Some schools have their open events in early June, some in September. Have a look at the websites of the schools you might be interested in and you should be able to see the dates. If you look past the 'show' put on for the parents and focus on talking to the current pupils, you can find out a lot of useful information first-hand. I did the open days in year 4 on my own to be able to 'zoom through' quickly and only took DC in year 5 to see the schools I though would suit him best.

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PostPosted: Fri May 06, 2016 10:29 am 
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Location: Herts
I work weekly with students from a range of different prep schools and I have noticed that some of them have a very harsh regime of homework which some parents seem to live in fear of. Perhaps they like to give the impression of academic rigour.

The North London selective my dds go to has a homework timetable which suits us as they do lots of sport and music so can't always do homework on the night it is set.

I do support homework in primary school so that work habits are established and to reinforce the learning of the day.

Those who come to secondary school from a no homework primary school are in my opinion at a disadvantage and struggle to settle to the new regime. DG


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PostPosted: Fri May 06, 2016 10:56 am 
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We are from a no homework primary and I worry about how DD will initially cope at independent secondary that expects high standards of homework. Our choice of secondary was undoubtedly influenced by purported homework levels. At the offer stage I specifically rang the schools to ask about this and one said a minimum of 1.5 hours daily from Y7, which I felt might be too much to enable participation in sport, relaxing etc esp coming from a position of doing none (we did 11+ prep though). We know someone who has some regret about chosing Habs Boys as they and their son feels the amount of homework is adversely affecting their son's quality of life; he is stressed and miserable. The thought of having a regret like that worried me immensely.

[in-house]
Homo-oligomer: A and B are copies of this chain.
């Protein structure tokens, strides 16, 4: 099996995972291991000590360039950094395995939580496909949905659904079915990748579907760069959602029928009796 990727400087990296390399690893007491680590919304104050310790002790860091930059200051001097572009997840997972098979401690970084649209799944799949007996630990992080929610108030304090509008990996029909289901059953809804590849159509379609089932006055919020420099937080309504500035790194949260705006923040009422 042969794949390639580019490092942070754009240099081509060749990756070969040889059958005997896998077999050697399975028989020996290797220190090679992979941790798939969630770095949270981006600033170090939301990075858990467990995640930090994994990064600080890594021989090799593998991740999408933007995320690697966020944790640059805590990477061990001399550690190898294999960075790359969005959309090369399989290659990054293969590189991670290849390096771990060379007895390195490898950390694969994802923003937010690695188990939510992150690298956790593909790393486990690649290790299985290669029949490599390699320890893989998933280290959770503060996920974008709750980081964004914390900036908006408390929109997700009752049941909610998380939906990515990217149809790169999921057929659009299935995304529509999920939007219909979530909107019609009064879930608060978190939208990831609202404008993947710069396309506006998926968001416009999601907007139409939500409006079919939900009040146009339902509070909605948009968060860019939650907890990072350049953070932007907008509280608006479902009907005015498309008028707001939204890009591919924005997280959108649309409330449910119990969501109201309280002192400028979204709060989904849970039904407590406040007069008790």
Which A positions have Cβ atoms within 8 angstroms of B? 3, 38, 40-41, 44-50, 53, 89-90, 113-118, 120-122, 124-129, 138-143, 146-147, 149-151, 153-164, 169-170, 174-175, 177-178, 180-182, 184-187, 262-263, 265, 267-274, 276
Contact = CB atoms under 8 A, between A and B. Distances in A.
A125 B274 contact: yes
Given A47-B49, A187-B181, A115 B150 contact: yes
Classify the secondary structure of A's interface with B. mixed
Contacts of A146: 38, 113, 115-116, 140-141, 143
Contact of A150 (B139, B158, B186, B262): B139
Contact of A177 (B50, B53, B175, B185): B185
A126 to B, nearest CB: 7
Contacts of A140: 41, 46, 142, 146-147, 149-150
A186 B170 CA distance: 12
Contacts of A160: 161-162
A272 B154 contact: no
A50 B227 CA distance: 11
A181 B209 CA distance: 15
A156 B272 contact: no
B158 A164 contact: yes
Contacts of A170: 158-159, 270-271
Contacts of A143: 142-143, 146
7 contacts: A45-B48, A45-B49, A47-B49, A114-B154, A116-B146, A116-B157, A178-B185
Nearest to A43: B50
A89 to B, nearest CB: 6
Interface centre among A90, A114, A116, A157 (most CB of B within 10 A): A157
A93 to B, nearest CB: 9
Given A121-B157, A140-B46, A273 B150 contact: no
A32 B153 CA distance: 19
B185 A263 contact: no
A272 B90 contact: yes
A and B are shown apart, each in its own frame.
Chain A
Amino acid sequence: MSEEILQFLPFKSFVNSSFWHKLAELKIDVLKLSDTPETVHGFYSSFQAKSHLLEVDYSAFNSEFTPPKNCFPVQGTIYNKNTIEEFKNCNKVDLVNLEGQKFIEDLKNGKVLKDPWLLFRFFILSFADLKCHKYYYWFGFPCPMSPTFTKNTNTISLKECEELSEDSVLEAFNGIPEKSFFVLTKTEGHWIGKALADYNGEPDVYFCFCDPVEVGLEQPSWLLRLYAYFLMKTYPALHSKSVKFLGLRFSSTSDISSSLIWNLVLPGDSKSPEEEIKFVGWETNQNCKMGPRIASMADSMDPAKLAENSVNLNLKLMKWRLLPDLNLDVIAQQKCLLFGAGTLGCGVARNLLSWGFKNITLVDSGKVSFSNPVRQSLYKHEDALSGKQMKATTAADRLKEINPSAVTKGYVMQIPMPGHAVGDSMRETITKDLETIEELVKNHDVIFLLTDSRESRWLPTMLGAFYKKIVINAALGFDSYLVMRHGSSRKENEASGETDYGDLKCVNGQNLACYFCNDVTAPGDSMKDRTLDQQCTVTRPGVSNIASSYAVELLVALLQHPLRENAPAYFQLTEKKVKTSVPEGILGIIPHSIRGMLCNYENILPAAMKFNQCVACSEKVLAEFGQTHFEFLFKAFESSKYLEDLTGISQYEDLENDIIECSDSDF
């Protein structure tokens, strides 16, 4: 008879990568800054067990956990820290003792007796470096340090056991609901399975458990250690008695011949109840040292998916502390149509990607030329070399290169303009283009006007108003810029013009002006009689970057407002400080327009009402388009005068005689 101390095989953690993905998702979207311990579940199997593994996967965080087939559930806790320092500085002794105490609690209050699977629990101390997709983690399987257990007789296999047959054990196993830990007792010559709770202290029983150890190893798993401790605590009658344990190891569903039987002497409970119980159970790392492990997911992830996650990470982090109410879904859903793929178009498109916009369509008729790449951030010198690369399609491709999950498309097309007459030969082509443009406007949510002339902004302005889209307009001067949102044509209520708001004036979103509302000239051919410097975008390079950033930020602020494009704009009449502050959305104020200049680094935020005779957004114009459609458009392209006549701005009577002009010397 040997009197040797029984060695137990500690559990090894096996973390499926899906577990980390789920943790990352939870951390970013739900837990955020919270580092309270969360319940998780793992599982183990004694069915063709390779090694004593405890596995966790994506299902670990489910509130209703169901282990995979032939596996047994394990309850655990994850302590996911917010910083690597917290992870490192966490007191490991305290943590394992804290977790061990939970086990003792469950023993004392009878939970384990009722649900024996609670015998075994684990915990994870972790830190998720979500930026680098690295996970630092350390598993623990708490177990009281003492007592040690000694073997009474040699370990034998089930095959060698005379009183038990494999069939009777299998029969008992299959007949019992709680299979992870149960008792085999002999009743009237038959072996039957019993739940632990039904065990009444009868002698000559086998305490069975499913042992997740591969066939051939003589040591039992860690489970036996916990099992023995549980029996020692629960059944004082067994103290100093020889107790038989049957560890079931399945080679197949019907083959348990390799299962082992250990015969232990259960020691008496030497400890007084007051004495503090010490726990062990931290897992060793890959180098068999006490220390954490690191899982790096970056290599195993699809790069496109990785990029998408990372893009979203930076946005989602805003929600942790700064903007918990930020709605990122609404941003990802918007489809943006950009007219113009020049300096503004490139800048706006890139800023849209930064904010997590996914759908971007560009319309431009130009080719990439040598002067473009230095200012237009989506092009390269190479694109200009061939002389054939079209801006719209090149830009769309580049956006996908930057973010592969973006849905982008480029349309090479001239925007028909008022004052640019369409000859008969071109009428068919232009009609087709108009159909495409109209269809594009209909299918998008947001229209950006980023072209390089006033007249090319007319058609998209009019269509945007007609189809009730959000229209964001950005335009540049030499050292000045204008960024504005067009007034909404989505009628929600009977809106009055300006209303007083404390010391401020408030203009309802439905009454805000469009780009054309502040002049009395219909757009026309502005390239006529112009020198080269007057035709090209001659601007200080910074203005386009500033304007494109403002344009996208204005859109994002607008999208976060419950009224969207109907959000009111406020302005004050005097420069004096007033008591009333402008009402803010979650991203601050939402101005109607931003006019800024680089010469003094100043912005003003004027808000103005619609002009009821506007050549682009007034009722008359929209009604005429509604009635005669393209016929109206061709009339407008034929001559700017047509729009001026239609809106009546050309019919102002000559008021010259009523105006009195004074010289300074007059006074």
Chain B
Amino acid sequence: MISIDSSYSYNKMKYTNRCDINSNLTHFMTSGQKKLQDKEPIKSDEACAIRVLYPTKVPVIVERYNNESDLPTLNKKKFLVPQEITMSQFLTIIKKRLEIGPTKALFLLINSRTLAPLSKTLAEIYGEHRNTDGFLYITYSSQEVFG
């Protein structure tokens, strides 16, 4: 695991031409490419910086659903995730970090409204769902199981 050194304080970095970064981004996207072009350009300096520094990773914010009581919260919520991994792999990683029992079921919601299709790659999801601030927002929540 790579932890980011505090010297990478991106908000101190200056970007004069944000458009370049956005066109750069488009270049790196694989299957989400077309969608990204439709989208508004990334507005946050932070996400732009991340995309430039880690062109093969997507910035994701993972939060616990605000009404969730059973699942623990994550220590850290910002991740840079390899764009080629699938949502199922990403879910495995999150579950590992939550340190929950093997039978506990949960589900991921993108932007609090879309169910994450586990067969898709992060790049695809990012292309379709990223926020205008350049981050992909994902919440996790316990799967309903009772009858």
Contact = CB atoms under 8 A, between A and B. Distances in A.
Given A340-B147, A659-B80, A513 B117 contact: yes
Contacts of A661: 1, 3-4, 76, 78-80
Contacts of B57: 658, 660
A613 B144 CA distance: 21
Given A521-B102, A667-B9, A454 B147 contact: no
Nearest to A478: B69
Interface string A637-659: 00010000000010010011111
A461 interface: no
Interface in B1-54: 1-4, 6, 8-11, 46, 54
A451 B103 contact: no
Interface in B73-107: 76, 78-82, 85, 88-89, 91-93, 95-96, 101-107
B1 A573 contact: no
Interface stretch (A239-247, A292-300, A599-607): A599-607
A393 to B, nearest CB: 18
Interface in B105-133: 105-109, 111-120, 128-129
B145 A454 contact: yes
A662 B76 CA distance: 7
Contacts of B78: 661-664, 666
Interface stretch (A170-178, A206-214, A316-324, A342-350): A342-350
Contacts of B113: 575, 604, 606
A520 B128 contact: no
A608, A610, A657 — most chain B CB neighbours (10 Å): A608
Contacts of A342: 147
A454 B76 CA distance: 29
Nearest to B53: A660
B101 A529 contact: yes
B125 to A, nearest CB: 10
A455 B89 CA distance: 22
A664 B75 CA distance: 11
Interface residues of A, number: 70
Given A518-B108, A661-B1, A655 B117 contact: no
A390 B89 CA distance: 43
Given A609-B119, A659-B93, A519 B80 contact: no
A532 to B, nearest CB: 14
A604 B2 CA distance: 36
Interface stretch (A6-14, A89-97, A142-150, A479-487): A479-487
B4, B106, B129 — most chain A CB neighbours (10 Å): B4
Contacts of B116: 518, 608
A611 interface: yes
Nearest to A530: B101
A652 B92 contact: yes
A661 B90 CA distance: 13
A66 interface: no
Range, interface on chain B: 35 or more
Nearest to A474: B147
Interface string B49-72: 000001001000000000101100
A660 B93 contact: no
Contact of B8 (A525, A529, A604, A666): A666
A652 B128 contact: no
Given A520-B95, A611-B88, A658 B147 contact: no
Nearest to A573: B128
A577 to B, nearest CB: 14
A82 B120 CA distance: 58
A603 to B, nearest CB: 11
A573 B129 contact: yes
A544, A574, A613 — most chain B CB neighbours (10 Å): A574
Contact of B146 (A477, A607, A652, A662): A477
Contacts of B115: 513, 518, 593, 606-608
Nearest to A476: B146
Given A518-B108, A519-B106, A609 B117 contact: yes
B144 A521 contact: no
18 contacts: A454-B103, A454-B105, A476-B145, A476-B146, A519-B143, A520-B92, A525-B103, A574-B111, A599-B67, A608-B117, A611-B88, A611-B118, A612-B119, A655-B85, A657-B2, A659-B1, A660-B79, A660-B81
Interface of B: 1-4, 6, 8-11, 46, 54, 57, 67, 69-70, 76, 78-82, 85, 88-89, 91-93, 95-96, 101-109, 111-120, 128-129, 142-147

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PostPosted: Fri May 06, 2016 11:13 am 
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No - definitely not in all state senior schools.
My dd is in year 8 at a N London selective - she gets between 40 and 60 minutes a night most nights but almost always with a week or so to complete it.
It is not unusual for her to have a night off in the week as well.
She went from more-or-less no homework in primary school (we also had those spelling sheets that you described Amber though - but we explained that would not fit with dd's or ds's learning needs so they would not be doing that!) to this in year 7. There were a few tougher days (especially at the start) but it has been very manageable.


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PostPosted: Fri May 06, 2016 2:36 pm